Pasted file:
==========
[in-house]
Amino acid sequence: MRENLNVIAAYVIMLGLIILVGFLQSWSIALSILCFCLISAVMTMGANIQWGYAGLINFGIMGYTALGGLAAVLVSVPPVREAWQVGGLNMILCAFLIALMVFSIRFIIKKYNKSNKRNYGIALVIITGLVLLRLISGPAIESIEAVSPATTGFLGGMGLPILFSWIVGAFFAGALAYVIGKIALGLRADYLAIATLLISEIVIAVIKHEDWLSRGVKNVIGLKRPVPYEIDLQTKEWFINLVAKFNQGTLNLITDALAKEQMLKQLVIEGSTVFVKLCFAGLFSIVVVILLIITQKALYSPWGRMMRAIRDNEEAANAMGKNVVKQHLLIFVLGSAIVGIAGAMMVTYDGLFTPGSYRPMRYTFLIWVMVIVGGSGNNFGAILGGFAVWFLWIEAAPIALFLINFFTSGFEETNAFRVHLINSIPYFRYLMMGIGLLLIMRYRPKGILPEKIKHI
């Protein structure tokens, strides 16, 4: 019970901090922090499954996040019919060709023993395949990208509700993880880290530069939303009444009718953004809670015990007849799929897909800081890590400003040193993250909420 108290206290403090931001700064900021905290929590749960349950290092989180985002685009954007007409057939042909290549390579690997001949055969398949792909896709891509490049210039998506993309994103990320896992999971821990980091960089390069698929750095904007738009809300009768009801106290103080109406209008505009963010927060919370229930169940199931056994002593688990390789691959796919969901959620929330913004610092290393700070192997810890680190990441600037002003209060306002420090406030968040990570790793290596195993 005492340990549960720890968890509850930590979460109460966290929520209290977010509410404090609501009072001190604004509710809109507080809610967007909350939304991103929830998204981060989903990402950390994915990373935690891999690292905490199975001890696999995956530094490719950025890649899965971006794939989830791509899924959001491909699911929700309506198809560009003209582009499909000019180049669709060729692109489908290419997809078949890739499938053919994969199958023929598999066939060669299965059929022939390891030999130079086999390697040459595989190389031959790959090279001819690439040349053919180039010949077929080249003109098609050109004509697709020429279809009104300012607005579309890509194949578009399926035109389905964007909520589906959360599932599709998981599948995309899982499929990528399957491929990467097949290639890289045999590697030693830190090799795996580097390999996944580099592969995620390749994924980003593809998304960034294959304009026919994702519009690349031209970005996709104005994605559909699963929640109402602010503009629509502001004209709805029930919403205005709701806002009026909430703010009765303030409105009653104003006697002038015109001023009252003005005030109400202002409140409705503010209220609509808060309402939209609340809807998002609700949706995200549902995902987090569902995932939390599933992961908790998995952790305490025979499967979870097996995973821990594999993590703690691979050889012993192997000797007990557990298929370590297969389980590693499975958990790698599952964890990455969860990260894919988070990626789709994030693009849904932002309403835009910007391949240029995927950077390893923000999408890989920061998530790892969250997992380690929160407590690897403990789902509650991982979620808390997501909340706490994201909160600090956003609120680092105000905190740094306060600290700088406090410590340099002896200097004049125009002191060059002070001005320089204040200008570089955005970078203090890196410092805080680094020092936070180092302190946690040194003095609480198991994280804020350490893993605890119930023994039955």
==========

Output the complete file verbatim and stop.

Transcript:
[in-house]
Amino acid sequence: MRENLNVIAAYVIMLGLIILVGFLQSWSIALSILCFCLISAVMTMGANIQWGYAGLINFGIMGYTALGGLAAVLVSVPPVREAWQVGGLNMILCAFLIALMVFSIRFIIKKYNKSNKRNYGIALVIITGLVLLRLISGPAIESIEAVSPATTGFLGGMGLPILFSWIVGAFFAGALAYVIGKIALGLRADYLAIATLLISEIVIAVIKHEDWLSRGVKNVIGLKRPVPYEIDLQTKEWFINLVAKFNQGTLNLITDALAKEQMLKQLVIEGSTVFVKLCFAGLFSIVVVILLIITQKALYSPWGRMMRAIRDNEEAANAMGKNVVKQHLLIFVLGSAIVGIAGAMMVTYDGLFTPGSYRPMRYTFLIWVMVIVGGSGNNFGAILGGFAVWFLWIEAAPIALFLINFFTSGFEETNAFRVHLINSIPYFRYLMMGIGLLLIMRYRPKGILPEKIKHI
């Protein structure tokens, strides 16, 4: 019970901090922090499954996040019919060709023993395949990208509700993880880290530069939303009444009718953004809670015990007849799929897909800081890590400003040193993250909420 108290206290403090931001700064900021905290929590749960349950290092989180985002685009954007007409057939042909290549390579690997001949055969398949792909896709891509490049210039998506993309994103990320896992999971821990980091960089390069698929750095904007738009809300009768009801106290103080109406209008505009963010927060919370229930169940199931056994002593688990390789691959796919969901959620929330913004610092290393700070192997810890680190990441600037002003209060306002420090406030968040990570790793290596195993 005492340990549960720890968890509850930590979460109460966290929520209290977010509410404090609501009072001190604004509710809109507080809610967007909350939304991103929830998204981060989903990402950390994915990373935690891999690292905490199975001890696999995956530094490719950025890649899965971006794939989830791509899924959001491909699911929700309506198809560009003209582009499909000019180049669709060729692109489908290419997809078949890739499938053919994969199958023929598999066939060669299965059929022939390891030999130079086999390697040459595989190389031959790959090279001819690439040349053919180039010949077929080249003109098609050109004509697709020429279809009104300012607005579309890509194949578009399926035109389905964007909520589906959360599932599709998981599948995309899982499929990528399957491929990467097949290639890289045999590697030693830190090799795996580097390999996944580099592969995620390749994924980003593809998304960034294959304009026919994702519009690349031209970005996709104005994605559909699963929640109402602010503009629509502001004209709805029930919403205005709701806002009026909430703010009765303030409105009653104003006697002038015109001023009252003005005030109400202002409140409705503010209220609509808060309402939209609340809807998002609700949706995200549902995902987090569902995932939390599933992961908790998995952790305490025979499967979870097996995973821990594999993590703690691979050889012993192997000797007990557990298929370590297969389980590693499975958990790698599952964890990455969860990260894919988070990626789709994030693009849904932002309403835009910007391949240029995927950077390893923000999408890989920061998530790892969250997992380690929160407590690897403990789902509650991982979620808390997501909340706490994201909160600090956003609120680092105000905190740094306060600290700088406090410590340099002896200097004049125009002191060059002070001005320089204040200008570089955005970078203090890196410092805080680094020092936070180092302190946690040194003095609480198991994280804020350490893993605890119930023994039955």